A Data breach to Capital One servers in March 2019 exposed the personal information of nearly 100 million of the bank’s customers. The breach resulted in the hacker gaining access to personal data related to credit card applications from 2005 to early 2019. Among the exposed data were names, addresses, DOBs, credit scores, social security numbers, and linked bank account numbers. Share price of the company tumbled nearly 6% the morning after the announcement of the breach, and is currently trading at around 83$, down from the 90$ share price of July 16. The company estimates that it will incur between 100mn$ and 150mn$ in costs related to the hack, including technology costs, customer notifications, and legal support.
On July 17, 2019, an unknown individual emailed Capital One’s Responsible Disclosure Department informing them that leaked S3 data belonging to the bank had been posted on Github. The e-mailer also provided the URL address of the file containing the leaked data. Surprisingly, personal information about the poster of the leaked data was publicly visible on the Github page. The ease of which the full name of the attacker, Paige Thompson, was revealed is out of the ordinary for a breach of this magnitude.
The FBI conducted an investigation that linked Paige Thompson directly to the breach. The investigation concluded that between March 12, 2019 and July 17, 2019, Thompson had accessed data containing information belonging to Capital One Financial Corporation without authorization and then published that data on her personal Github page which included her full name and address. She was later identified as a former cloud service employee at Amazon.
Thompson used an IP address controlled by IPredator, a company that provides VPN services. On June 27, 2019 an unknown user posted “Don’t go to jail plz”. This was followed by a reply by a user called <erratic>: “wa wa, I m like >ipredator>tor>s3 on all this shit”; and then: “I wanna get it off my server, that’s why I am archiving all of it lol”. Paige Thompson later made a statement on one of her social-media networks that she had data from Capital One.
After Capital One investigated the leaked and shared file, they determined that it contained the IP address of a specific server and that a firewall misconfiguration permitted the attacker to execute commands on that server via a type of attack classified as Server Side Request Forgery (SSRF). SSRF vulnerabilities let an attacker send crafted requests from the back end server of a vulnerable web application. Criminals usually use SSRF attacks to target internal systems that are behind firewalls and are not accessible from the external network. An attacker may also leverage SSRF to access services available through the loopback interface (127.0.0.1) of the exploited server.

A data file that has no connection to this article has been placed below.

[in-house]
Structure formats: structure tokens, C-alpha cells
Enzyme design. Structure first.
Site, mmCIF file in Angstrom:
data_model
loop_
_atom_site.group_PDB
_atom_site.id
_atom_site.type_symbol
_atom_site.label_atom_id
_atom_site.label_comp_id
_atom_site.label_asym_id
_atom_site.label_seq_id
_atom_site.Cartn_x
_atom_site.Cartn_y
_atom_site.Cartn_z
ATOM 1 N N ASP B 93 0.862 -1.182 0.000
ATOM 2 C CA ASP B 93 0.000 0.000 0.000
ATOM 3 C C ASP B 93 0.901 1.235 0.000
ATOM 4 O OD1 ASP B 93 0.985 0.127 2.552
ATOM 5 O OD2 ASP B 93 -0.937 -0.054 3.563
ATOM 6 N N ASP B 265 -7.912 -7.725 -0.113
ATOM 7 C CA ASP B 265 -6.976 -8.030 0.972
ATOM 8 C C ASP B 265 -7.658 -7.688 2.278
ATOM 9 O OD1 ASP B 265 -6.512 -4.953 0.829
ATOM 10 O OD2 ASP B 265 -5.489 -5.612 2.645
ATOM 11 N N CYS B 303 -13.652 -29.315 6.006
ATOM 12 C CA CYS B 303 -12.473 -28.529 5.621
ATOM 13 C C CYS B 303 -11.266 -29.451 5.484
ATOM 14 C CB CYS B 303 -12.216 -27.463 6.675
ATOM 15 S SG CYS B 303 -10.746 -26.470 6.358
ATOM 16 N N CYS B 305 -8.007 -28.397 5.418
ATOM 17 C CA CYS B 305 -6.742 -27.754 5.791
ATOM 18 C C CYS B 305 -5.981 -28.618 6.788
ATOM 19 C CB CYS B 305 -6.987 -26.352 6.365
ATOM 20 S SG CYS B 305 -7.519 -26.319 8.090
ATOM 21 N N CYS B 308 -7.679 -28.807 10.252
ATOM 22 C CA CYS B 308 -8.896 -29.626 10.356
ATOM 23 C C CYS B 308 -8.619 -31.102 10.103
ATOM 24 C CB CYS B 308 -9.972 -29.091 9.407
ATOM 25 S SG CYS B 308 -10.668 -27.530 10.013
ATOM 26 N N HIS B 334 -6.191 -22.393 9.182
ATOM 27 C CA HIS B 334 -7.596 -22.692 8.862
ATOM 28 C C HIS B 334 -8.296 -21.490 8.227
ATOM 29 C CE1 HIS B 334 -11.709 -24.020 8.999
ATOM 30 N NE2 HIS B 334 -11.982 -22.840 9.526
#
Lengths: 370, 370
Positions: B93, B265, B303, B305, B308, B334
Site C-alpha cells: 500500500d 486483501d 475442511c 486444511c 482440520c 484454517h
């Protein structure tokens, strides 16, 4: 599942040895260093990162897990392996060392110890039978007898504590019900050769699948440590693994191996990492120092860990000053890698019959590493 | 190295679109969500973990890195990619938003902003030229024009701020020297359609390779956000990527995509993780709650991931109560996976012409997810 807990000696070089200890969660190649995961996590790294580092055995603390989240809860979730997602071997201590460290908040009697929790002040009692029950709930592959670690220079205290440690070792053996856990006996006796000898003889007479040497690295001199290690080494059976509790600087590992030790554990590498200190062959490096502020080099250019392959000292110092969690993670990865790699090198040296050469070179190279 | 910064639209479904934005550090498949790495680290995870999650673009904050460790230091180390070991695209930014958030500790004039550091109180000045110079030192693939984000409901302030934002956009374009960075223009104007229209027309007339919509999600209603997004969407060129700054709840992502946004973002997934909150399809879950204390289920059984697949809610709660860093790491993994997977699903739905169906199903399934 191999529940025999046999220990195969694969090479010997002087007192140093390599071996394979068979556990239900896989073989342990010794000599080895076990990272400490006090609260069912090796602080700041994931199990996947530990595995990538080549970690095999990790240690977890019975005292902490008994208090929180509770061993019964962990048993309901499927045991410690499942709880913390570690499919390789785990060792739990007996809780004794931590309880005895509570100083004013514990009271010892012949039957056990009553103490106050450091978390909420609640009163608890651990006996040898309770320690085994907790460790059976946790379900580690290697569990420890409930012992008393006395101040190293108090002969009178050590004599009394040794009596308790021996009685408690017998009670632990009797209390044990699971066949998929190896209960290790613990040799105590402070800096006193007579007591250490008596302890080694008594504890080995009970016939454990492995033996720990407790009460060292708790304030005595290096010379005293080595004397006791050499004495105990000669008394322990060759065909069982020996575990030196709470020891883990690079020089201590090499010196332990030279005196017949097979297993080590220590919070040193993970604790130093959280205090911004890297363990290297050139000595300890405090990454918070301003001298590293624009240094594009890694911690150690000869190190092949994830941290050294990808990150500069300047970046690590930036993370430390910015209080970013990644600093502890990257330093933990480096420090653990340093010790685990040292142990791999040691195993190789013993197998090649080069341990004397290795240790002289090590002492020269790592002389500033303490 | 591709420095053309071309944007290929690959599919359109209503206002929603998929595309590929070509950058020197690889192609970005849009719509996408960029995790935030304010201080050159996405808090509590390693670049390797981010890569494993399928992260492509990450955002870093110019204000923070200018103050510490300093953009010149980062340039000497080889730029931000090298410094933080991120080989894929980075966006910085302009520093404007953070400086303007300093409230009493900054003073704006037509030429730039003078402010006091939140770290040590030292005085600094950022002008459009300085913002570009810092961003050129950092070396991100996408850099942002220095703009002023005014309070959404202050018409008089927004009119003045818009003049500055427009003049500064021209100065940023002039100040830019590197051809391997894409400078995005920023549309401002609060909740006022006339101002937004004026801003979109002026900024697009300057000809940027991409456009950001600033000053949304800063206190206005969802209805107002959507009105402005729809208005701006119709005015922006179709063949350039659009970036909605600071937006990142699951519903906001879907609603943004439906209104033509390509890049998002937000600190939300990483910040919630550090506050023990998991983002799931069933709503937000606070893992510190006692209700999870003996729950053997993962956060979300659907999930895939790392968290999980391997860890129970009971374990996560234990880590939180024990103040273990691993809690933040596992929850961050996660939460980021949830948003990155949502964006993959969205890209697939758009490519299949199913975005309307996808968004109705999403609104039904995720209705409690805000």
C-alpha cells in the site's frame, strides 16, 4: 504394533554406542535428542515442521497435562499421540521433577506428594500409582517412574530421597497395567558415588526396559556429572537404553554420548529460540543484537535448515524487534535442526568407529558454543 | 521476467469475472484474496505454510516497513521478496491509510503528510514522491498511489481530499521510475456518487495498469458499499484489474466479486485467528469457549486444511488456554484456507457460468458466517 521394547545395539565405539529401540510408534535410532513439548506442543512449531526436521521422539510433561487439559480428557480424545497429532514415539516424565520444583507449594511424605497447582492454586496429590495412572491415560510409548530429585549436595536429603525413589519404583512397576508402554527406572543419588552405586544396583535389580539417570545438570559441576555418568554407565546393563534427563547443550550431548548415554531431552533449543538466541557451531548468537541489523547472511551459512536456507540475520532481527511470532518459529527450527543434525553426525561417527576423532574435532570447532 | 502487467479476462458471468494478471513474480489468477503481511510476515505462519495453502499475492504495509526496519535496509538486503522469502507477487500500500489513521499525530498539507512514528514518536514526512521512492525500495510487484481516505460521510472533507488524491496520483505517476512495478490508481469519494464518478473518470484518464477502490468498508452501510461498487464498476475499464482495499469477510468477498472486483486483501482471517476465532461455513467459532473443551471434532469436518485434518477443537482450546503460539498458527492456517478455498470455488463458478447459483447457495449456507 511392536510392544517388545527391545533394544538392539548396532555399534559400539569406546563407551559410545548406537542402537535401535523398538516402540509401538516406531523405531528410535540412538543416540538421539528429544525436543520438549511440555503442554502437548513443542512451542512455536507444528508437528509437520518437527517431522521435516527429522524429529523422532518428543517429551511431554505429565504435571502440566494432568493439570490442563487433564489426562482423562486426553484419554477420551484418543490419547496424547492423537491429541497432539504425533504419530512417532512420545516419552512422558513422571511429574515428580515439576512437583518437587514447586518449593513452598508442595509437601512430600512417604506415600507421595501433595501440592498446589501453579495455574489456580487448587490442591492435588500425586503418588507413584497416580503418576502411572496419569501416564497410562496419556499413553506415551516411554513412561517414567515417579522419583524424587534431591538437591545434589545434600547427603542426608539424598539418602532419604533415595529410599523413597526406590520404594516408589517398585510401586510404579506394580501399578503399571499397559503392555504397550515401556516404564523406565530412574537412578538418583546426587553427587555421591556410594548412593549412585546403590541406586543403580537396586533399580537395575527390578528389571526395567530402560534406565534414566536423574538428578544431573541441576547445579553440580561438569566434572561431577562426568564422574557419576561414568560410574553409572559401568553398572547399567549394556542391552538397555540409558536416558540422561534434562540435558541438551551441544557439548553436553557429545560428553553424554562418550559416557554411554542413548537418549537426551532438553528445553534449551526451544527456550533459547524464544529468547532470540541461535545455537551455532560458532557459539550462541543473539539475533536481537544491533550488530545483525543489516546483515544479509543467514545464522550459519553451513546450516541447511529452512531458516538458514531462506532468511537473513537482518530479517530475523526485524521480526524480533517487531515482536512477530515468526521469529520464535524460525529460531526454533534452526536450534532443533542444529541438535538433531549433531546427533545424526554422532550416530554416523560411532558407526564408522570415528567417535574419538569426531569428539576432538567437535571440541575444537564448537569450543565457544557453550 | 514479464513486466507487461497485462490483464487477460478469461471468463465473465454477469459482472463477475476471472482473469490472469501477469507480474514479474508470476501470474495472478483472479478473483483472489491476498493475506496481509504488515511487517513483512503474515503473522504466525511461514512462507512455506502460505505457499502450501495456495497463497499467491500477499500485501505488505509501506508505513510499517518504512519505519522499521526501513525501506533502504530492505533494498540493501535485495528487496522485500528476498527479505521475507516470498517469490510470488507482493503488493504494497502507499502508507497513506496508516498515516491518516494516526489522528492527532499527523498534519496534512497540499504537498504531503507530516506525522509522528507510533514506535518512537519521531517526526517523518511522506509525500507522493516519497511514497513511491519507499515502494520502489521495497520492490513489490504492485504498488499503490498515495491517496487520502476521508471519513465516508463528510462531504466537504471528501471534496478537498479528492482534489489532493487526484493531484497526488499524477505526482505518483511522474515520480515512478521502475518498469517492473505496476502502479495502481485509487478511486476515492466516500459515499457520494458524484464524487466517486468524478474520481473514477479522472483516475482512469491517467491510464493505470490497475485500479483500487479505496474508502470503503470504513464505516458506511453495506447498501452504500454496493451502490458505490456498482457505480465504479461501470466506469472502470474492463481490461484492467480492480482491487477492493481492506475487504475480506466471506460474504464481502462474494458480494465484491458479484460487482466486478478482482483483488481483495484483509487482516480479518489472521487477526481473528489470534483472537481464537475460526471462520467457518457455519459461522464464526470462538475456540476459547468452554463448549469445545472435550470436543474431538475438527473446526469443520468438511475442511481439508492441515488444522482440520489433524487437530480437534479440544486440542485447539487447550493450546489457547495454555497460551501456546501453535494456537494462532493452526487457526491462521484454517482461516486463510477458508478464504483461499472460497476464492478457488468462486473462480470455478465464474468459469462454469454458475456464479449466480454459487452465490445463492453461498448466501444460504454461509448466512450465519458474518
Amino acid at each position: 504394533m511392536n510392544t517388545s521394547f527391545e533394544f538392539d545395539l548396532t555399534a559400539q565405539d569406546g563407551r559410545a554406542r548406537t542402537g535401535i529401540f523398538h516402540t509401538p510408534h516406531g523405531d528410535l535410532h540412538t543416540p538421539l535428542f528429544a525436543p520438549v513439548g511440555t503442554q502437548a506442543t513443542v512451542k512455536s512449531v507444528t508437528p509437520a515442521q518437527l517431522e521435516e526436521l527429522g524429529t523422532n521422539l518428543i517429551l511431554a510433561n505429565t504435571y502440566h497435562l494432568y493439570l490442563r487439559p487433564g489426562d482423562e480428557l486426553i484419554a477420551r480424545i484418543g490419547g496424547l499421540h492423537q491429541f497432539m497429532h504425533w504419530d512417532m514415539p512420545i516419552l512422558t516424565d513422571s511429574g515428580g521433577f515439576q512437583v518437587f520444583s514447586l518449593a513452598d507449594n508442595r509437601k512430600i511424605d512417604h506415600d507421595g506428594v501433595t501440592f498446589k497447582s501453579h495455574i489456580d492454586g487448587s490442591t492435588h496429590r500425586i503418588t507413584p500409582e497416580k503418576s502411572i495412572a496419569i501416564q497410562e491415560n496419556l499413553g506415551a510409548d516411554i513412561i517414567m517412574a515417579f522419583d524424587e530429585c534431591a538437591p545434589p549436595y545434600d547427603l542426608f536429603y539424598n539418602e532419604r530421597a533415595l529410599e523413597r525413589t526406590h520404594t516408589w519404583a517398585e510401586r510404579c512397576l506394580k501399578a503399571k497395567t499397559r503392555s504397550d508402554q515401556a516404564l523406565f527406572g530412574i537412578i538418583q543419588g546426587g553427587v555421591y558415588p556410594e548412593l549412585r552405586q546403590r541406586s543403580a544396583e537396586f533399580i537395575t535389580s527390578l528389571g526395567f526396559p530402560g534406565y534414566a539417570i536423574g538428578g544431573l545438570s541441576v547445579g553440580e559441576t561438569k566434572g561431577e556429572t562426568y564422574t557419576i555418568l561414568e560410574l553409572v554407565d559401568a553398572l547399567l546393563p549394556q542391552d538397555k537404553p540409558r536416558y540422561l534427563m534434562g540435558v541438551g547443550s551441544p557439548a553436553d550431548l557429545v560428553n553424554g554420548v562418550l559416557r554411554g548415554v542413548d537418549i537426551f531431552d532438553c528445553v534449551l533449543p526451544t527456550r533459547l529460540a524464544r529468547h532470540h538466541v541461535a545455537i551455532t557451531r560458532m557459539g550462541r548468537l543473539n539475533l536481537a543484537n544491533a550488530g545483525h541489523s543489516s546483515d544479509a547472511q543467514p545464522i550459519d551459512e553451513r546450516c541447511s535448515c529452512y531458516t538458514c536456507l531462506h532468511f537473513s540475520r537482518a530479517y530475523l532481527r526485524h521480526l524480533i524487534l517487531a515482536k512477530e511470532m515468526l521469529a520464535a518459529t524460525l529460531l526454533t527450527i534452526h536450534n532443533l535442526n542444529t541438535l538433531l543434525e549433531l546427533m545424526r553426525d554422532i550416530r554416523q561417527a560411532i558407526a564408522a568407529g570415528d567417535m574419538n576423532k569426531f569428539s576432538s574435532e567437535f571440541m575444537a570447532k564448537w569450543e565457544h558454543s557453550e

This attack scenario started with the attacker accessing a metadata server [http://169.254.169.254] hosted on Amazon Web Services (AWS). The attacker was then able to retrieve various types of node information from the metadata server via HTTP interface such as IP Address, Location, and Host Name. She was also able to provision temporary credentials via access to other AWS services and permission policies defined in the Identity and Access Management (IAM) role for this AWS instance. Using all of the above information, the attacker was thus able to facilitate access to the server via SSRF.
1. Request: [http://169.254.169.254/iam/security-credentials]
2. Retrieved role name as ***-WAF-Role (Capital One Web Application Firewall for a specific network)
3. Request: [220.127.116.11/iam/security-credentials/***-WAF-Role]
4. Retrieve temporary credentials assigned to the AWS instance
AccessKeyId: “<access key>”
SecretAccessKey: “<secret key>”
Capital One determined that the following commands were then executed in this order to collect data:
1. Obtaining security credentials for an account known as ***-WAF-Role
2. List names of folders or buckets of data in Capital One’s storage space
3. Extract or copy data from those folders or buckets using Sync Command
4. File with name ***cooo.snappy.parquet is the first file copied from all those folders or buckets
5. On April 21, 2019 list bucket command executed from IP address 18.104.22.168 (controlled by IPredator)
According to Capital One, the extracted data consisted primarily of data related to credit card applications, including approximately 120,000 social security numbers and 77,000 bank account numbers.